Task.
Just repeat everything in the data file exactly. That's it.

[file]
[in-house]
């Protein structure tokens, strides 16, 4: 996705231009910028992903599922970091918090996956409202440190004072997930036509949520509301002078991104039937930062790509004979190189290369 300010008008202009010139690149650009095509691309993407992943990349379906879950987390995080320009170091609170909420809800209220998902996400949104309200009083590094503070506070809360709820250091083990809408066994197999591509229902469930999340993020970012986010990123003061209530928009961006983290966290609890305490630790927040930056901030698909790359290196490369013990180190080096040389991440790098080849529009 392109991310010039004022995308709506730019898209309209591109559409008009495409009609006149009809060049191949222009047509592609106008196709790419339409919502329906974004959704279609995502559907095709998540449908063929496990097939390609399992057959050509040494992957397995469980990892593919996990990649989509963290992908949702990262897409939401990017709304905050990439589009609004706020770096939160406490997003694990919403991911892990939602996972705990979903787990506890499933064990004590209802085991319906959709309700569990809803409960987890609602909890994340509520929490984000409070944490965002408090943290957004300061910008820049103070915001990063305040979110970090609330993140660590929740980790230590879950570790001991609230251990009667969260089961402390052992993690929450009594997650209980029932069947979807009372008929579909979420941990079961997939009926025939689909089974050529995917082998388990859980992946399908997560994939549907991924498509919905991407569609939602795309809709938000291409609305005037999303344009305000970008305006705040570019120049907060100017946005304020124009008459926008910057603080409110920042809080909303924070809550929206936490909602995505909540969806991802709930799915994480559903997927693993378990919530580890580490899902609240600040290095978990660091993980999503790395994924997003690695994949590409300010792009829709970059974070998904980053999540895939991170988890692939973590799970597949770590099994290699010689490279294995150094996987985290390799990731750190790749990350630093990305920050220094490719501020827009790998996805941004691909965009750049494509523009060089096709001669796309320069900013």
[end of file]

[in-house]
């Protein structure tokens, strides 16, 4: 996705231009910028992903599922970091918090996956409202440190004072997930036509949520509301002078991104039937930062790509004979190189290369 300010008008202009010139690149650009095509691309993407992943990349379906879950987390995080320009170091609170909420809800209220998902996400949104309200009083590094503070506070809360709820250091083990809408066994197999591509229902469930999340993020970012986010990123003061209530928009961006983290966290609890305490630790927040930056901030698909790359290196490369013990180190080096040389991440790098080849529009 392109991310010039004022995308709506730019898209309209591109559409008009495409009609006149009809060049191949222009047509592609106008196709790419339409919502329906974004959704279609995502559907095709998540449908063929496990097939390609399992057959050509040494992957397995469980990892593919996990990649989509963290992908949702990262897409939401990017709304905050990439589009609004706020770096939160406490997003694990919403991911892990939602996972705990979903787990506890499933064990004590209802085991319906959709309700569990809803409960987890609602909890994340509520929490984000409070944490965002408090943290957004300061910008820049103070915001990063305040979110970090609330993140660590929740980790230590879950570790001991609230251990009667969260089961402390052992993690929450009594997650209980029932069947979807009372008929579909979420941990079961997939009926025939689909089974050529995917082998388990859980992946399908997560994939549907991924498509919905991407569609939602795309809709938000291409609305005037999303344009305000970008305006705040570019120049907060100017946005304020124009008459926008910057603080409110920042809080909303924070809550929206936490909602995505909540969806991802709930799915994480559903997927693993378990919530580890580490899902609240600040290095978990660091993980999503790395994924997003690695994949590409300010792009829709970059974070998904980053999540895939991170988890692939973590799970597949770590099994290699010689490279294995150094996987985290390799990731750190790749990350630093990305920050220094490719501020827009790998996805941004691909965009750049494509523009060089096709001669796309320069900013």